ODA chief exec Dennis Hone and legacy bosses reportedly at loggerheads with Olympics minister at Mipim

Olympic officials appear to be at loggerheads with ministers after reportedly encouraging 2012 construction firms at Mipim to ignore strict rules on marketing their achievements.

At two separate events at Mipim on Wednesday, witnesses said that Olympic Park Legacy Company (OPLC) chair Margaret Ford, chief executive Andrew Altman and ODA chief executive Dennis Hone, all strongly questioned the so-called Olympic marketing rights protocol.

Construction firms have argued the protocol is a rigid interpretation of International Olympic Committee (IOC) rules and is preventing them taking ‘due credit’ for the achievement of the 2012 Olympic build and boosting the economy as a result.

Building revealed in January that prime minister David Cameron had asked Olympics minister Hugh Robertson to investigate the complaints.

Leanne Tritton, the managing director of architectural PR firm ING Media – many of whose clients have been hit by the protocol - was at the Olympic legacy meeting on Wednesday morning.

“Dennis gave a presentation on everything that has been done on the Olympics and said how wonderful it was,” she told Building. “I’m paraphrasing but he said the real heroes of the Olympic build are those British firms that worked on it and said ‘we want them to go out and capitalise on this’.

“I asked about the Olympic marketing protocol and was surprised at how forthright they were. Dennis said his personal view was just to ignore it and Margaret weighed in and also said ‘go for it’. She actually said ‘ask forgiveness not permission’.”

New London Architecture boss Peter Murray - who first called for a relaxation of the protocol in January – said Altman had described the rules as “madness” at a later Olympic event on Wednesday.

Both the ODA and Margaret Ford moved to distance themselves from the reported comments after they became a talking point on Twitter and Olympics minister Hugh Robertson became embroiled in the row.

Robertson told Building’s sister title Building Design yesterday that firms could be prosecuted if they flouted the protocol.

He told BD: “When people signed the contracts they knew what they were letting themselves in for. These aren’t bloody-minded rules. I can understand the frustration but it won’t last forever.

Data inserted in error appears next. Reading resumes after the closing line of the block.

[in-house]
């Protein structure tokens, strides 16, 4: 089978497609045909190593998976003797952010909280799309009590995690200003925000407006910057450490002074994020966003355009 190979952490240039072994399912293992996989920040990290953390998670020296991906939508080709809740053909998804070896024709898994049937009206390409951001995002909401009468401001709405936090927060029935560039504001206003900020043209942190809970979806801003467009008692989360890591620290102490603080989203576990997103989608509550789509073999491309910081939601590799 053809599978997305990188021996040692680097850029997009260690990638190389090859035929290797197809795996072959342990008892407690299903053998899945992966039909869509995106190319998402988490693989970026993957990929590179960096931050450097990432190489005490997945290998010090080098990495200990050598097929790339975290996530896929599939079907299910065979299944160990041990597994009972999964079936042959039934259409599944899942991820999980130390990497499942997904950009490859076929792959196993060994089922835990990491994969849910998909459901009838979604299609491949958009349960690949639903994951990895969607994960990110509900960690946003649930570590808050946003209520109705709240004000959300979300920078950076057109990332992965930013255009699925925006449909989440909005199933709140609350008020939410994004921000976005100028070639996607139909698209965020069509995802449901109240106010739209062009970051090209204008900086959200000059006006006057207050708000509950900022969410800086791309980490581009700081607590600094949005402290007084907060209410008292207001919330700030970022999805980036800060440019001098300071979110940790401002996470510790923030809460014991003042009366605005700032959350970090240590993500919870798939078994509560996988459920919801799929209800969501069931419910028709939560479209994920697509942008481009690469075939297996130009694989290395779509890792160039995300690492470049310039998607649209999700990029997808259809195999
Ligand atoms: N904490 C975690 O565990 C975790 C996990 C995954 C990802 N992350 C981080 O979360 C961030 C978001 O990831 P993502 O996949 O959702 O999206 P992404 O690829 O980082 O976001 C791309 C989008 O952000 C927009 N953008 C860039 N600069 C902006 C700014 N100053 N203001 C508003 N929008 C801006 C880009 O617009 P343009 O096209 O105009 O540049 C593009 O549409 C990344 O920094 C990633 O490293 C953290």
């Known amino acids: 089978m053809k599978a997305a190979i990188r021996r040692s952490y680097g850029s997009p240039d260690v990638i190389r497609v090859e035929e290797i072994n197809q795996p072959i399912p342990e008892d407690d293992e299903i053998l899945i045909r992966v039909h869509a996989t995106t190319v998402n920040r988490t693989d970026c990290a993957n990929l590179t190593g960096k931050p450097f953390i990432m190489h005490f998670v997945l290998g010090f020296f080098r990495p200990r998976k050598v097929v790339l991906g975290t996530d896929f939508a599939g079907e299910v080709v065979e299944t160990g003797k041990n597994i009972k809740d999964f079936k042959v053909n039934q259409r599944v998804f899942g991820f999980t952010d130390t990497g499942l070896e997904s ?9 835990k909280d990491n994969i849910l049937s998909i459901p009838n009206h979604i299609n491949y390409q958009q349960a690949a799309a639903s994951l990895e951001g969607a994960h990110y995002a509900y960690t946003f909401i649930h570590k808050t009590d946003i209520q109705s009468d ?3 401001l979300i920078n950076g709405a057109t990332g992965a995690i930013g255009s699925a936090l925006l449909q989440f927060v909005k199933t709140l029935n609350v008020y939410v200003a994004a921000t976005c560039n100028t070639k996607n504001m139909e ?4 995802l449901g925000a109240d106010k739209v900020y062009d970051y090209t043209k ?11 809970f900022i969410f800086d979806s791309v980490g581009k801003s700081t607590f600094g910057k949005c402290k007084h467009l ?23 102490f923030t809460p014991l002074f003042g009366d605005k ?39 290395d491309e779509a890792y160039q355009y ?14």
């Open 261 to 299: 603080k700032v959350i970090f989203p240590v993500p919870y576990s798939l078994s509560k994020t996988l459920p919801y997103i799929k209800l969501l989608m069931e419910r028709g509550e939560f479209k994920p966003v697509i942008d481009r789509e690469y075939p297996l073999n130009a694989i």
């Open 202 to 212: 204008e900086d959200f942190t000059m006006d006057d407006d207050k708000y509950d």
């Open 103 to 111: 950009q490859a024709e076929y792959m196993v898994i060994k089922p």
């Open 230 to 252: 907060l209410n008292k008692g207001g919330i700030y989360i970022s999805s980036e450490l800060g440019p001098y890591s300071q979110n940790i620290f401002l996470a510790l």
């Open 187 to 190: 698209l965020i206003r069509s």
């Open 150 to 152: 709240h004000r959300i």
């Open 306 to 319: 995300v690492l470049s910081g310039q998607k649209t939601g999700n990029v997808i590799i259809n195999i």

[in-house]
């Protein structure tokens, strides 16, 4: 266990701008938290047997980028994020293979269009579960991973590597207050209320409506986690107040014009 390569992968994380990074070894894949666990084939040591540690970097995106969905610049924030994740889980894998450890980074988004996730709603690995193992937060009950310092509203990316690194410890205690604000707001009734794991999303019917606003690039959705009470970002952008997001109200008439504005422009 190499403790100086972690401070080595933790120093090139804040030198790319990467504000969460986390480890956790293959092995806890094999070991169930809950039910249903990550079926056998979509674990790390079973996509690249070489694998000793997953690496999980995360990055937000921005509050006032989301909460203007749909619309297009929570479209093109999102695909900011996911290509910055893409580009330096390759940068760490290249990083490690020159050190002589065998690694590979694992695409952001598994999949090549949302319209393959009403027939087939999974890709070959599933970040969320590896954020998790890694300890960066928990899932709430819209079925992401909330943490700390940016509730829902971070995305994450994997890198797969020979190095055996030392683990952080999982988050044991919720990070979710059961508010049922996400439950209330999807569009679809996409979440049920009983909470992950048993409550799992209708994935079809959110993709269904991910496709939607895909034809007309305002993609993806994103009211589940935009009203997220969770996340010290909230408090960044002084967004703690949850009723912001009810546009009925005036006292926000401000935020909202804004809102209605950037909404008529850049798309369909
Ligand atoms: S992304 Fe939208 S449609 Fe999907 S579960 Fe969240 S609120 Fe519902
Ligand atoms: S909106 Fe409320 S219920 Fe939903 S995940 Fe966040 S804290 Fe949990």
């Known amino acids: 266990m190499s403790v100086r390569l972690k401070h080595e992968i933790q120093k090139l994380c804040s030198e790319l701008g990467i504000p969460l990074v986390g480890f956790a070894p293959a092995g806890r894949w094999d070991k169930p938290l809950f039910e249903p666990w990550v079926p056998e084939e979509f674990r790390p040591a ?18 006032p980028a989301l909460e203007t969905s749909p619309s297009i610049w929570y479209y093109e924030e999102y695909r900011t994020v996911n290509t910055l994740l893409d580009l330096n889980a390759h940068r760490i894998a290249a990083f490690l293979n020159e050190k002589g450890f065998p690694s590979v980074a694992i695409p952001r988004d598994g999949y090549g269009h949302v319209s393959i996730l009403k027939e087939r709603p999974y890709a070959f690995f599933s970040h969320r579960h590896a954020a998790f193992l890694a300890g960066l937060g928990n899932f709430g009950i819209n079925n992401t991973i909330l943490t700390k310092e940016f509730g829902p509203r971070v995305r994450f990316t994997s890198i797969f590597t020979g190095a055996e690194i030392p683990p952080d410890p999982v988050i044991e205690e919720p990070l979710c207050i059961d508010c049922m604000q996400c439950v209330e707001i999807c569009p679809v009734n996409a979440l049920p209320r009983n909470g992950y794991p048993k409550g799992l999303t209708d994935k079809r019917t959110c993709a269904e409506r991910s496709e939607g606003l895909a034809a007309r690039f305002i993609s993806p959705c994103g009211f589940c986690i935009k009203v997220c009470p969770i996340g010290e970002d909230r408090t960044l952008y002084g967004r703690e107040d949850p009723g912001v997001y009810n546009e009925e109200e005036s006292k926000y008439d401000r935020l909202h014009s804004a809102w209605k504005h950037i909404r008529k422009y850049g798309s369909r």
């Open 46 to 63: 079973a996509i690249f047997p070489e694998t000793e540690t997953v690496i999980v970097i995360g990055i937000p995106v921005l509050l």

He also suggested the row was not genunine.

“They should have made more of a fuss two years ago … It’s a classic case of a bandwagon gaining momentum.”

Ford backtracked on her earlier remarks, telling another publication: “I know it is frustrating but there is a protocol in place.”

An ODA spokesman said: “We don’t recognise some of the language as reported … we are certainly not encouraging companies to break contractual agreements that they have signed up to.

“But what’s undeniably true is that we are keen that British companies do get the credit for their critical role in building the venues and infrastructure for the London Games.

“That’s why our chairman, Sir John Armitt, is currently preparing a report on how British companies can benefit from their role in London 2012 by winning new contracts at home and abroad in the years ahead.”

A spokesperson for the OPLC said: “These comments as reported are taken out of context. The Olympic Park Legacy Company does not advocate breaking any 2012 marketing restrictions and nor did we endorse that position at Mipim.

“We did say that UK plc should be celebrating the construction of the Olympic Park as a fantastic testament to all who worked on it. We agree that UK companies should use this achievement to market their abilities to the rest of the world in years to come.”